In the days when British viewers had only three channels from which to choose their evening’s entertainment, broadcasters could take considerably more risks than their contemporary counterparts. Lord John Reith famously outlined the role of the BBC as to educate, inform and entertain. Rarely more so has his founding philosophy been borne than in Antony Jay and Jonathan Lynn’s landmark satirical comedies, Yes, Minister and Yes, Prime Minister.
Running originally from 1980-84 and the sequel from 1986-88, the premise follows the career of Jim Hacker – a former backbench MP who rises to the top job in UK politics. He is aided by his Principal Private Secretary, Bernard Woolley and generally opposed by his Permanent Secretary, Sir Humphrey Appleby. These roles each came in turn to define the careers of the actors who played them.
Originally famed for his role in The Good Life, Paul Eddington is perfect as Hacker, a man whose self-importance and malleable morals make an ideal candidate for public office. Indeed, these qualities are amply exploited by the man who was born to the challenge the whims of politicians, ministers and PMs alike, Sir Humphrey. Latterly, he would go on to be knighted himself and nominated for an Academy Award for this titular role in The Madness of King George, but Nigel Hawthorne will forever be fondly remembered as the scheming scoundrel at the head of the Civil Service. Indeed, Hawthorne won four Baftas at the expense of Eddington, which ultimately indicates the level of reverence given to both players and the show itself.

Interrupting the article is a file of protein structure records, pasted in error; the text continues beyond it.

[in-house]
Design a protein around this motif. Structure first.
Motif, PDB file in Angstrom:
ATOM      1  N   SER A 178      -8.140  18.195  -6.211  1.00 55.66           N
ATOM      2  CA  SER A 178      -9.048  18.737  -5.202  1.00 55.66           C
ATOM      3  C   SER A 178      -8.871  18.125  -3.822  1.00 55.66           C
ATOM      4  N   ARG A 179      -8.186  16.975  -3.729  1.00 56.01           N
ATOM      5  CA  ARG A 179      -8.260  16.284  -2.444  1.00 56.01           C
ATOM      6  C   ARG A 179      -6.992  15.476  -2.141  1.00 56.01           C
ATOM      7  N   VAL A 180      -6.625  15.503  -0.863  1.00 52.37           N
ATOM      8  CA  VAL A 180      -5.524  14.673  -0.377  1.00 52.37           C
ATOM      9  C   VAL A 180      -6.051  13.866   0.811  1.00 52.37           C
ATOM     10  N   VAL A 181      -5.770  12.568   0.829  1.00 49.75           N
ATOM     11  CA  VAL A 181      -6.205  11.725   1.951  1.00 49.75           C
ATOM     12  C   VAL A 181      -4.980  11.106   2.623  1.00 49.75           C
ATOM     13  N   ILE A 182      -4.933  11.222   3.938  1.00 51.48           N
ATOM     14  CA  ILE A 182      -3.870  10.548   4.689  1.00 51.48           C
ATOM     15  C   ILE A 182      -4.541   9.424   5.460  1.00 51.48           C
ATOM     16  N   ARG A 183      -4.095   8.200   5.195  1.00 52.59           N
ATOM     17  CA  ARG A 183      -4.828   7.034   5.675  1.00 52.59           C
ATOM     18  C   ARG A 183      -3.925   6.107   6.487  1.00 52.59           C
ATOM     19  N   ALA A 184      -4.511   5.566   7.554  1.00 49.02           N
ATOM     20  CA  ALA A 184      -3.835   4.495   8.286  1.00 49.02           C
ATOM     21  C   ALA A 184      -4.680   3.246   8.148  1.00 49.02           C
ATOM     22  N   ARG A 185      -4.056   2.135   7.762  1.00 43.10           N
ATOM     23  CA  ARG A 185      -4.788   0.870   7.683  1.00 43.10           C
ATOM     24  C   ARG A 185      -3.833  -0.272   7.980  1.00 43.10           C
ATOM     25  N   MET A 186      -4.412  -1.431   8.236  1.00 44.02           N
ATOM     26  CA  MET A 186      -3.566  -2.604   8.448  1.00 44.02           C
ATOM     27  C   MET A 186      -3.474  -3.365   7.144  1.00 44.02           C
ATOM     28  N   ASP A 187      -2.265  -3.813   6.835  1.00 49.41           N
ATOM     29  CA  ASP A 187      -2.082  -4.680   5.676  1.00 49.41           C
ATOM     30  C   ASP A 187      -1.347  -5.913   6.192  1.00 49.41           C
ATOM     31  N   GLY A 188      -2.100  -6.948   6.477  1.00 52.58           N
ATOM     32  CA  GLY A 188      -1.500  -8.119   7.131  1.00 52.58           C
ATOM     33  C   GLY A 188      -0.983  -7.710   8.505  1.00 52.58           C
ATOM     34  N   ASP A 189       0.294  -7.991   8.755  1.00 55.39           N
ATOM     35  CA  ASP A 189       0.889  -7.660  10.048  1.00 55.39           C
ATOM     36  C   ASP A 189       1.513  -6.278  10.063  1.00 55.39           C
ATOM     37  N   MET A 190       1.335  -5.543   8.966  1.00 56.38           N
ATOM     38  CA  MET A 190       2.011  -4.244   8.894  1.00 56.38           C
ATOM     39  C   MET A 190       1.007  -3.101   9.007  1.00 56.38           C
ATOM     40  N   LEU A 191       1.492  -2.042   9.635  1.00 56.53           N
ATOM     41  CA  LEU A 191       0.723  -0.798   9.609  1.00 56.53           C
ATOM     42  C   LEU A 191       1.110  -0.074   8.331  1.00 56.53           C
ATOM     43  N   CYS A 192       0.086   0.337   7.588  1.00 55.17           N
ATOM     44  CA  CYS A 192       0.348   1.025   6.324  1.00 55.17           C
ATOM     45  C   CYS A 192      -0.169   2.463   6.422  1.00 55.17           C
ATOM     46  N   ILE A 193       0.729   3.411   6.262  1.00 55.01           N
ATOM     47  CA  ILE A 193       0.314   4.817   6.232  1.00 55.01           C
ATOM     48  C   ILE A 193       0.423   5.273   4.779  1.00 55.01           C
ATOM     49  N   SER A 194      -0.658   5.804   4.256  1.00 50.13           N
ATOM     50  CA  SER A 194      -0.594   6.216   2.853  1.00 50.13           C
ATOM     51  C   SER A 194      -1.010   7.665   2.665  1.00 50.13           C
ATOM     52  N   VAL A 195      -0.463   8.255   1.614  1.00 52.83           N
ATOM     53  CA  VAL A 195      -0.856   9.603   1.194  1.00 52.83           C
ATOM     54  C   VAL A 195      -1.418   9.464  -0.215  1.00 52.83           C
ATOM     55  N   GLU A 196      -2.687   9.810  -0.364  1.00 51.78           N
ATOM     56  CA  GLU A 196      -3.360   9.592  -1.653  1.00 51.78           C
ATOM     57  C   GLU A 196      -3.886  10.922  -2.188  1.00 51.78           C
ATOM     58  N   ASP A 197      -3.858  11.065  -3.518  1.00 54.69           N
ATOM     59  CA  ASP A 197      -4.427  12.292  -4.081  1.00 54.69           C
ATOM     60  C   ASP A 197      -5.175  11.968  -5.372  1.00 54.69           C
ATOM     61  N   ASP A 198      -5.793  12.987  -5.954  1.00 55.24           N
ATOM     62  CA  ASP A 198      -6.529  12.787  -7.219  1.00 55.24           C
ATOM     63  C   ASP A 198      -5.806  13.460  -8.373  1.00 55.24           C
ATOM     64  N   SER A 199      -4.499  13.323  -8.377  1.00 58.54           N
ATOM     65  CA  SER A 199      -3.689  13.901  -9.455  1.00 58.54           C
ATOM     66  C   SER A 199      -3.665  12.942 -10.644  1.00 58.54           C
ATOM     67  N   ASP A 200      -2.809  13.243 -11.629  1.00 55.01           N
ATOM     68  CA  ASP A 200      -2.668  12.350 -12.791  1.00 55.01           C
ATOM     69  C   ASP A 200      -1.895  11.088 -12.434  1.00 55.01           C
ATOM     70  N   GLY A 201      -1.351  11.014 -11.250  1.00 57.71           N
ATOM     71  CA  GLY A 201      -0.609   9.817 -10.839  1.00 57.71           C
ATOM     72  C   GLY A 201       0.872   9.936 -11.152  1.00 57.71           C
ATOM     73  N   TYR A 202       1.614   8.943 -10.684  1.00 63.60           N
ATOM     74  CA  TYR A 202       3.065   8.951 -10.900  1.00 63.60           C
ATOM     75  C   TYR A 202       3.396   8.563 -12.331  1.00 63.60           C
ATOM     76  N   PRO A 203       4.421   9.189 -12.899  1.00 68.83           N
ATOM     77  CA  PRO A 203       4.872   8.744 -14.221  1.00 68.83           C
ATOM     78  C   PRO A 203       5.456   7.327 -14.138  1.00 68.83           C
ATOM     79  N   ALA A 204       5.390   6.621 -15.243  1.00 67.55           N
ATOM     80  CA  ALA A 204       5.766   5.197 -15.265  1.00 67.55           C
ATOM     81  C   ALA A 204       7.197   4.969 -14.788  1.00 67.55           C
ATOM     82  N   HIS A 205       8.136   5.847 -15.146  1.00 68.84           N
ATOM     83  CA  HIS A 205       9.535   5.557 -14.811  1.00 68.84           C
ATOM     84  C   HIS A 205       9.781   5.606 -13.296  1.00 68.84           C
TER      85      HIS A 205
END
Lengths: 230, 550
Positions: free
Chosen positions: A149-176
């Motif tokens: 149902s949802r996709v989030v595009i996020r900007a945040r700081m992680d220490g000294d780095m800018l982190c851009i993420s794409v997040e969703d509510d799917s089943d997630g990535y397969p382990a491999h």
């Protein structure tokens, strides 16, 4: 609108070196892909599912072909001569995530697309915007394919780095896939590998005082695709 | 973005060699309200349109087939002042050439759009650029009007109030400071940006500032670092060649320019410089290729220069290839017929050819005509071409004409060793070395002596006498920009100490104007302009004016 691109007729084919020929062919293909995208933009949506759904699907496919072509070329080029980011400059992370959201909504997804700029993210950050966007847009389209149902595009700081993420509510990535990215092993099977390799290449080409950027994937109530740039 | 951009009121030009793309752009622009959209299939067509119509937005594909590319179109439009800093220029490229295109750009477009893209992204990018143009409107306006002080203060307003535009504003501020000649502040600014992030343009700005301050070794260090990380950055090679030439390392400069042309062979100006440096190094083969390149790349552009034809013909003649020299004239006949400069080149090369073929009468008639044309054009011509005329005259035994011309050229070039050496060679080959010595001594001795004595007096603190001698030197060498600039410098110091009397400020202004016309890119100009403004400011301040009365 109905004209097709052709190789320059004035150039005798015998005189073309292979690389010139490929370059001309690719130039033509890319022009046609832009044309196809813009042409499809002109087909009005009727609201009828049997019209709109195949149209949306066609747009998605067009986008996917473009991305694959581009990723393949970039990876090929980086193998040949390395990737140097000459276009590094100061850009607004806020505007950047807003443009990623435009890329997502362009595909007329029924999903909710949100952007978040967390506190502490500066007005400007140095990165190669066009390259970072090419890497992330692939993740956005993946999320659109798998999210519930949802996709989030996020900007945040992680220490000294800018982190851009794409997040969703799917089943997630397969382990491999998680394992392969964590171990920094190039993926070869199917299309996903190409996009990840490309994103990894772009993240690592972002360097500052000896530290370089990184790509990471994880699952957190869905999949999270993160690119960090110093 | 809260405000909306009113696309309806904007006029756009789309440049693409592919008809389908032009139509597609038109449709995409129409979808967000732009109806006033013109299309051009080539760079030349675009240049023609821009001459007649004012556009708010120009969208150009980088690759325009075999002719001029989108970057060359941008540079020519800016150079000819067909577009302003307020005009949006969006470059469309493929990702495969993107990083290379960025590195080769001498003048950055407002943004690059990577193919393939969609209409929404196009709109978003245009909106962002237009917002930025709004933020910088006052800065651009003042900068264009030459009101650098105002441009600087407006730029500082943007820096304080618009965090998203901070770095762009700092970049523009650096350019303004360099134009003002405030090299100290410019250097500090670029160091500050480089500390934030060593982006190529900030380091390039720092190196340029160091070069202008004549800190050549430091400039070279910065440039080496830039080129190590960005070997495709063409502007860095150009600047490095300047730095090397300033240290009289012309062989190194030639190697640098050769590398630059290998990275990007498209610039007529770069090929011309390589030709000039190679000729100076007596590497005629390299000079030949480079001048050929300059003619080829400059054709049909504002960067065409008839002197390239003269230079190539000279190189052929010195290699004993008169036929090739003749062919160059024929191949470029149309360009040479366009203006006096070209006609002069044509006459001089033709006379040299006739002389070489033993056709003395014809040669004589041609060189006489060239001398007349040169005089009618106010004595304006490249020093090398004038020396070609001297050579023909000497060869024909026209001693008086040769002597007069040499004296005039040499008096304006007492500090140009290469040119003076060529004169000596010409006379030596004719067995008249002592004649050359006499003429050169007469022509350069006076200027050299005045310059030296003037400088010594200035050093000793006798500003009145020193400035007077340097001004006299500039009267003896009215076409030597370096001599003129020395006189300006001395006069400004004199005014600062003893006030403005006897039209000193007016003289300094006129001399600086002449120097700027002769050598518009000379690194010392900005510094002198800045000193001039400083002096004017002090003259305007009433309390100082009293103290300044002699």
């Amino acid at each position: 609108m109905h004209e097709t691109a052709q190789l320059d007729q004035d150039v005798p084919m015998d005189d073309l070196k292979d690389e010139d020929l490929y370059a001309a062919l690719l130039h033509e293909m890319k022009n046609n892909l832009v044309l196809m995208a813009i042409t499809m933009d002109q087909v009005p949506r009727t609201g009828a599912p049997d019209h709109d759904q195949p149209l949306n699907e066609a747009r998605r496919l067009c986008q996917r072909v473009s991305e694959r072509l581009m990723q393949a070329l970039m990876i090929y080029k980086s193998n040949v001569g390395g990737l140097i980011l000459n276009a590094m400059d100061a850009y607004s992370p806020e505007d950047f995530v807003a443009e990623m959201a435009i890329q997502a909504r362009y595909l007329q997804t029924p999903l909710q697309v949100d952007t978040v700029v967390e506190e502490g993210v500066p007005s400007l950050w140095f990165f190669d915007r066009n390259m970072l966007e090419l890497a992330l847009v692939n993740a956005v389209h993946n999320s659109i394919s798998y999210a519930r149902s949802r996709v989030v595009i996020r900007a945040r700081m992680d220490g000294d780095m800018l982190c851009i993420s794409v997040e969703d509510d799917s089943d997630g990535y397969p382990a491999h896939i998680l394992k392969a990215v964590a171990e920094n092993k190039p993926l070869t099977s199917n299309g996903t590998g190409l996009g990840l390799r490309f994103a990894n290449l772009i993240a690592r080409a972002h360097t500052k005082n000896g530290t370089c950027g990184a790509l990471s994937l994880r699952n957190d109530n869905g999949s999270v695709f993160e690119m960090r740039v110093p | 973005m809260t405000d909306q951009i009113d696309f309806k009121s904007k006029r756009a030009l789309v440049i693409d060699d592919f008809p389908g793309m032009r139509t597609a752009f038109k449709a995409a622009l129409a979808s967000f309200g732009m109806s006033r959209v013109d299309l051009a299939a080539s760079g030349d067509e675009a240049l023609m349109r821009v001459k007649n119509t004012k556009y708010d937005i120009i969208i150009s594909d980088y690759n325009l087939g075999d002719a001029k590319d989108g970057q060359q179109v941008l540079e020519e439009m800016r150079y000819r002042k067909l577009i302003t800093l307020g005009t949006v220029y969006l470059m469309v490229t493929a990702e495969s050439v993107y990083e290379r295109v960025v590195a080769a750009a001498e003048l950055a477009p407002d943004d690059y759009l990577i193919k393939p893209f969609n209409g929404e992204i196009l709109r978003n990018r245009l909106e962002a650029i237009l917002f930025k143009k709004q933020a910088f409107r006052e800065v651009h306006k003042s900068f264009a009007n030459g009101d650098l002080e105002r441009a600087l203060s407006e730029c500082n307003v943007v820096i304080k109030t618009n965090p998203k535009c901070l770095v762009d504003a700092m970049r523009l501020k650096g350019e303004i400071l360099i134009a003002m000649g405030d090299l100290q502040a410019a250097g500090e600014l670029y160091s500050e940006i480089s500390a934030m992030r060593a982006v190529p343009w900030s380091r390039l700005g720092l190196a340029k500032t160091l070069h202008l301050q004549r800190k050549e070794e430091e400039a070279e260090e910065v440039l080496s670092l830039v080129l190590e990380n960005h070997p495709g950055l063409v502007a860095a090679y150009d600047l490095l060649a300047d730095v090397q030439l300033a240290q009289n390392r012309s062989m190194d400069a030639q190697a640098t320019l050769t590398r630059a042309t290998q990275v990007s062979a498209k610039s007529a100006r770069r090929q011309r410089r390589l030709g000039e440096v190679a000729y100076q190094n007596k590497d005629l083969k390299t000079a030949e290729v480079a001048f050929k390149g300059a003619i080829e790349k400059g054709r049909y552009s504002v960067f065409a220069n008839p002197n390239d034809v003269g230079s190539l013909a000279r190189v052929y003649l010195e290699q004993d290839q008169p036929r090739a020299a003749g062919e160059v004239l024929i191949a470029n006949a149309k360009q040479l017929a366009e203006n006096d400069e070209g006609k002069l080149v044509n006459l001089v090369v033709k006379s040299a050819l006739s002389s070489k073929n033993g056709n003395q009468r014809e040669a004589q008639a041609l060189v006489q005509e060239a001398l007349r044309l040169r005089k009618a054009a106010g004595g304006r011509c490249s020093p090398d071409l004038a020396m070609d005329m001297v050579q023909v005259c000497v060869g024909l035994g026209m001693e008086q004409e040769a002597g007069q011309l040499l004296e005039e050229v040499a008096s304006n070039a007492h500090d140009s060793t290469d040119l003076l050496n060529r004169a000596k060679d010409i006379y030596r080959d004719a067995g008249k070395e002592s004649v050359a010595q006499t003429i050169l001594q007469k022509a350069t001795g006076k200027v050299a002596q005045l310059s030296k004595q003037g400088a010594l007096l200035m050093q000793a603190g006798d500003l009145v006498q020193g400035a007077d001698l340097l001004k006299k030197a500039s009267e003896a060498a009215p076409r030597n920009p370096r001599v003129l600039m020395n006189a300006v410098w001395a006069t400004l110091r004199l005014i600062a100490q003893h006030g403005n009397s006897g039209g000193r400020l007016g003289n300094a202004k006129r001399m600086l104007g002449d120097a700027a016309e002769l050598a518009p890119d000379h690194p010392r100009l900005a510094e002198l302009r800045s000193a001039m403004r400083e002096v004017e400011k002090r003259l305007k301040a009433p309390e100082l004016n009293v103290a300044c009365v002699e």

As fans of shows like Frasier and The West Wing will attest to, joy stems from the strength of the writing and its lack of fear in using complicated language in a realistic setting. The real highlights are the battles between Hacker and Sir Humphrey, when as a viewer, you have many levels on which to appreciate the humour. One can revel in Sir Humphrey’s deliberately dense diatribes aimed at discouraging Hackers’ attempts at direct policy making, or side with bafflement on behalf of Hacker at not understanding such oratory onslaughts, or even enjoy the fireworks and wait for Derek Fowlds’ Bernard to deliver pin-sharp one-line underscores to the arguments.
Hidden in plain sight during the verbal jousting however, is an eloquent explanation of British governmental policy, past, present and forty years hence. Watching today, all the current keystones of political debate are covered over the course of Hacker’s journey: Domestic issues such as the power of unions, spending cuts against MP and Civil Service pay increases, banking scandals and the influence of newspapers; To international affairs such as how Trident is intrinsic to our relationship with America, Britain’s role in the European community and our involvement in conflicts that affect countries such as Israel, Russia, Libya and Syria.
Special mention also goes to the opening title sequences, featuring beautifully grotesque caricatures by cartoonist Gerald Scarfe and a majestic theme tune by the legendary Ronnie Hazlehurst.
In more recent years, The Thick Of It sought to satirise the political landscape under New Labour, and how everything became about spin and controlling the narratives of public opinion and in the last decade,Yes, Prime Minister was revived by creators Jay and Lynn for stage and small screen.
Modern incarnations aside, anyone with the slightest interest in politics, genuinely witty comedy or what it takes to be the sixth Best British Sitcom of all time, should cast a vote towards Yes, Minister and Yes, Prime Minister on UK Netflix. Watching all 38 episodes in the run-up to the 2017 General Election, has told me more about British politics than any televised debate seen to date, and more importantly, reveals just how the Establishment seeks to maintain control of the system, regardless of which party is in power. I can’t help but feel the quality of today’s political discourse would be improved vastly by a collective binge watch.